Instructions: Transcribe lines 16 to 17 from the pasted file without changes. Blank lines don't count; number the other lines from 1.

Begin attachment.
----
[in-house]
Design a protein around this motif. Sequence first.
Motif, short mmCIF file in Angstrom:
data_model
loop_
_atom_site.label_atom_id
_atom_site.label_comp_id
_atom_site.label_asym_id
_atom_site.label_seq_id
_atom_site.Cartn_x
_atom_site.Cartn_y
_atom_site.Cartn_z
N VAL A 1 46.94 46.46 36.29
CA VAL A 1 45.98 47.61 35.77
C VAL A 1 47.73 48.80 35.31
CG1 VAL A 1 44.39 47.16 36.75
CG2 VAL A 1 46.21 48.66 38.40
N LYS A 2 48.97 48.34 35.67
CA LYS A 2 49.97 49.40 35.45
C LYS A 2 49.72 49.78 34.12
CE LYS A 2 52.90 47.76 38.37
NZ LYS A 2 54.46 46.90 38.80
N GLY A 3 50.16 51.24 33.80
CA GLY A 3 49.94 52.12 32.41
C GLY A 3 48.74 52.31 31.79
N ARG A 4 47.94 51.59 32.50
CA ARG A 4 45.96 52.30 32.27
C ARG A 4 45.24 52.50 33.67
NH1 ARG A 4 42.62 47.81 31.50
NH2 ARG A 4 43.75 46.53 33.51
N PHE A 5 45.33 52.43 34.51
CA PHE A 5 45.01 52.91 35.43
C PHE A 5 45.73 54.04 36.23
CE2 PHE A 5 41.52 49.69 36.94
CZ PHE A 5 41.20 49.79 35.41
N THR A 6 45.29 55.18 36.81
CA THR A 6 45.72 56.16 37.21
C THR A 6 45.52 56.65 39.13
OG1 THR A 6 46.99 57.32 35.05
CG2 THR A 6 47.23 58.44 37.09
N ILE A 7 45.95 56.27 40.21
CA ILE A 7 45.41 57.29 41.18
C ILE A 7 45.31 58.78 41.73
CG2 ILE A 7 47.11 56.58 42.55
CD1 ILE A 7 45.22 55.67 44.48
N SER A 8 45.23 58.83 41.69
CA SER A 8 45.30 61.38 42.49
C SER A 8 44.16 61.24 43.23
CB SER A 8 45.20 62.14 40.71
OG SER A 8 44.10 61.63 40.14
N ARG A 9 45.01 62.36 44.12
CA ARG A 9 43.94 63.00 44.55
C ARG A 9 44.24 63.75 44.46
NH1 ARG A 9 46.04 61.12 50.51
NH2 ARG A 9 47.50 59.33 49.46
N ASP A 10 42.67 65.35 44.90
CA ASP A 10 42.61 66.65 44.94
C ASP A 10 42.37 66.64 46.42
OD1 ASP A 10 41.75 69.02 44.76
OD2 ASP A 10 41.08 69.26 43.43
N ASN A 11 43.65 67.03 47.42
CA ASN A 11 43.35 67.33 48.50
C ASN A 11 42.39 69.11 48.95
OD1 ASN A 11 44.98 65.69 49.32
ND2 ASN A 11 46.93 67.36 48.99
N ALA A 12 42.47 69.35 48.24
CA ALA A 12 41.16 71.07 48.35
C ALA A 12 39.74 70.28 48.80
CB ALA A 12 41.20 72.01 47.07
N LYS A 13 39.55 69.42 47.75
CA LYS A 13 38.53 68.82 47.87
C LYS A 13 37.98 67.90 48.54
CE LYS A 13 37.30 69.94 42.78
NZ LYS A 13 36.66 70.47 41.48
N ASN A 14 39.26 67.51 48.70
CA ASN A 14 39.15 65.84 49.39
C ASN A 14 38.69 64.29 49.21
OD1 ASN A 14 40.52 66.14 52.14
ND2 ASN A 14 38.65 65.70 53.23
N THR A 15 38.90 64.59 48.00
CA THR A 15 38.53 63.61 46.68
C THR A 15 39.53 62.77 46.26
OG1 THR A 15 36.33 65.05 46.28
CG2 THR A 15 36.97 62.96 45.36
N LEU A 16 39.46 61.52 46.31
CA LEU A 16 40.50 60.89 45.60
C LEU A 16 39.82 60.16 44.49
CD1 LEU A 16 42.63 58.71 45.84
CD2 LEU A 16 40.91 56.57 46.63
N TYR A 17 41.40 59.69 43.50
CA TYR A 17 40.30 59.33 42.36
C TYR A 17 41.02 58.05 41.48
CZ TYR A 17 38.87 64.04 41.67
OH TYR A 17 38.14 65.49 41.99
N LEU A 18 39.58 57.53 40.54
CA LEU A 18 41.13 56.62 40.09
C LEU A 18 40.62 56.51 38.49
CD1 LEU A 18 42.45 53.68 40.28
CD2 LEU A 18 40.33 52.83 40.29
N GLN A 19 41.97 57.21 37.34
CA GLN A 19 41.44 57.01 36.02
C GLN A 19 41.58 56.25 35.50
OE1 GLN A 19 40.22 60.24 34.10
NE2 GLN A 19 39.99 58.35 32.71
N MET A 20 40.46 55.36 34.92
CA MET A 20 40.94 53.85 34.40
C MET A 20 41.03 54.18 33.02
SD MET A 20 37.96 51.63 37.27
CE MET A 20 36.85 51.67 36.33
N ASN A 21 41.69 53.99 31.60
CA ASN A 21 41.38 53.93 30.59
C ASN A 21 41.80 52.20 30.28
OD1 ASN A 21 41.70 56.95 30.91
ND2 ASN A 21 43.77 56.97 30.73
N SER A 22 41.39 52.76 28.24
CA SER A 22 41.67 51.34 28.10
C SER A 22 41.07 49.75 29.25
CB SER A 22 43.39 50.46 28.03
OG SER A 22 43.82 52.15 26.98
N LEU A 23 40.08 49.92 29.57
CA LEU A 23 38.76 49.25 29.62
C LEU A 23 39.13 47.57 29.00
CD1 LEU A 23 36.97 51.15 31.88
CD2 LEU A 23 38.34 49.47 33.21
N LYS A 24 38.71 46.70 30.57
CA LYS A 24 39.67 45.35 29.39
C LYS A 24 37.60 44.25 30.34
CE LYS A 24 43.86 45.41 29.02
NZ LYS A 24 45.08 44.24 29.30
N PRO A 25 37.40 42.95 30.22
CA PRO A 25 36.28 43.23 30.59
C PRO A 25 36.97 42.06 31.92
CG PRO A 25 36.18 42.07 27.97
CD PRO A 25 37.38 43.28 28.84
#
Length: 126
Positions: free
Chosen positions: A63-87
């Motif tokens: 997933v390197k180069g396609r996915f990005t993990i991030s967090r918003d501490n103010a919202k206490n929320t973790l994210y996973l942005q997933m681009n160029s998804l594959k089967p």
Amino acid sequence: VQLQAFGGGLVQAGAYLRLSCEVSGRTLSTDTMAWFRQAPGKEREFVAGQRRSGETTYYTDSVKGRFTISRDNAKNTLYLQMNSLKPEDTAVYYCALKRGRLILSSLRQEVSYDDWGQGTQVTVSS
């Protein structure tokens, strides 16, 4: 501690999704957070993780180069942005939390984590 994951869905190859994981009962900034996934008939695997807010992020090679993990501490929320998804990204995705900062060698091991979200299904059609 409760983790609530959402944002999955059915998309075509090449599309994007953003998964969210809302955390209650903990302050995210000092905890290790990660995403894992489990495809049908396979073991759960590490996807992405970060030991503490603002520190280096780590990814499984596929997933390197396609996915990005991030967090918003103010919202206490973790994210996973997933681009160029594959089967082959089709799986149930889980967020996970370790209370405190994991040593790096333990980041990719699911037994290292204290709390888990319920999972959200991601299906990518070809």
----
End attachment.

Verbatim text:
CG1 VAL A 1 44.39 47.16 36.75
CG2 VAL A 1 46.21 48.66 38.40